Fresh Tunisia protests break out in impoverished south
In November last year, the administration of Prime Minister Hichem Mechichi pledged to create hundreds of jobs and a fund to launch economic projects in Tataouine after talks with union leaders and protesters after a months-long blockade of an oil installation.
Three months later, the protest movement launched further demonstrations, saying concrete measures had not materialised.
On Friday, some protesters burned tires and chanted slogans while others made businesses and institutions to shut and take part in the demonstration, which has been criticised by some residents, an AFP correspondent said.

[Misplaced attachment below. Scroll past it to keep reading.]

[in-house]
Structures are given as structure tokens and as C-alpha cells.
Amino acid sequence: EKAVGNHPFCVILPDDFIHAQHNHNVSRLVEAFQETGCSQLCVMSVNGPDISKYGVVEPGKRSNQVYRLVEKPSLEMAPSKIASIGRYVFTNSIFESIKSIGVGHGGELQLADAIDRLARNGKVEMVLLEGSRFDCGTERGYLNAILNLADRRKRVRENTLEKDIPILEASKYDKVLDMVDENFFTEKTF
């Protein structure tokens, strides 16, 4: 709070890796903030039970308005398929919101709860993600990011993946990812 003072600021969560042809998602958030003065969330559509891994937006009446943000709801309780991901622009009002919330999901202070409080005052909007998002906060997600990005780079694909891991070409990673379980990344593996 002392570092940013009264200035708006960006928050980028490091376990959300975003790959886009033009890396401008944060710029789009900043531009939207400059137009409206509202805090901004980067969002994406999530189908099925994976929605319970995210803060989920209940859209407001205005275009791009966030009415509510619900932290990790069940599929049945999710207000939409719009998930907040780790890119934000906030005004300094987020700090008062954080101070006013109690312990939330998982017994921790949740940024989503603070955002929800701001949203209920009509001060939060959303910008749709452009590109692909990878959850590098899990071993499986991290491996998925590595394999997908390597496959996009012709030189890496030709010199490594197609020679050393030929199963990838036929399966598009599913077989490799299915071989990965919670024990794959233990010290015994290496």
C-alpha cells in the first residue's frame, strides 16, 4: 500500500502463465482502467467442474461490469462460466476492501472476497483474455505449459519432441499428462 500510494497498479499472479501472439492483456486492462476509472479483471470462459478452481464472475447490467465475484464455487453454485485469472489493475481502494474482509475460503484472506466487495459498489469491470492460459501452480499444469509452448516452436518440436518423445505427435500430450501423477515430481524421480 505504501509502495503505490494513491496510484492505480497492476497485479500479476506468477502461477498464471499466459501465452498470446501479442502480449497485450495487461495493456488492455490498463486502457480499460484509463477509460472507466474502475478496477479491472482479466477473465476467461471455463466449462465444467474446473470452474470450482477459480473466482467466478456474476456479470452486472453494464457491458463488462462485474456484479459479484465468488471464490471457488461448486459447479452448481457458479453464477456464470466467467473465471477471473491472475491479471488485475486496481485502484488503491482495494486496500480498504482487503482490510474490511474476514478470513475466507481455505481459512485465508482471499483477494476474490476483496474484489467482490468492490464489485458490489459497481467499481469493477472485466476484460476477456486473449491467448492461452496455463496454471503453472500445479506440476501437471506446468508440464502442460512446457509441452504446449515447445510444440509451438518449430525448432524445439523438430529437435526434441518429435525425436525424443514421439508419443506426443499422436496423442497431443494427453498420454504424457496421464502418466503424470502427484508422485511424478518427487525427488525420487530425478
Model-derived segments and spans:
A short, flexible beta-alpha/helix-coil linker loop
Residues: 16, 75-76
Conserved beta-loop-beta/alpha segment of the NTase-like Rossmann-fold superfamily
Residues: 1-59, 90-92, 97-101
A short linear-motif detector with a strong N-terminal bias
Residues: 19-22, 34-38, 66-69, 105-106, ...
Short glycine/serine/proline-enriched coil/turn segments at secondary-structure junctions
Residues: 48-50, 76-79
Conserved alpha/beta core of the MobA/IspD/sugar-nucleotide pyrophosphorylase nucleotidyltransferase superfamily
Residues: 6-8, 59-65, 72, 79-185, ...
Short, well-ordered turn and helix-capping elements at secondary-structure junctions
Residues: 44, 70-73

On Thursday, the army intervened to stop a dozen protesters from accessing the El-Kamour oil production site and blockading a pipeline, the protest movement said on its Facebook page.
The pipeline carries half of the crude produced by Tunisia's modest oil sector and has been blocked several times, notably in 2017 by sit-ins that devolved into clashes with security forces.
Tataouine already suffered over 30 percent unemployment, one of the highest rates in the country, while poverty is around 17.8 percent.
The coronavirus pandemic has wiped out thousands of informal jobs and strangled illicit cross-border trading networks with Libya and Algeria that bring vital income to many of the region's households.
The latest protests come as Mechichi is at odds with President Kais Saied over a proposd cabinet reshuffle.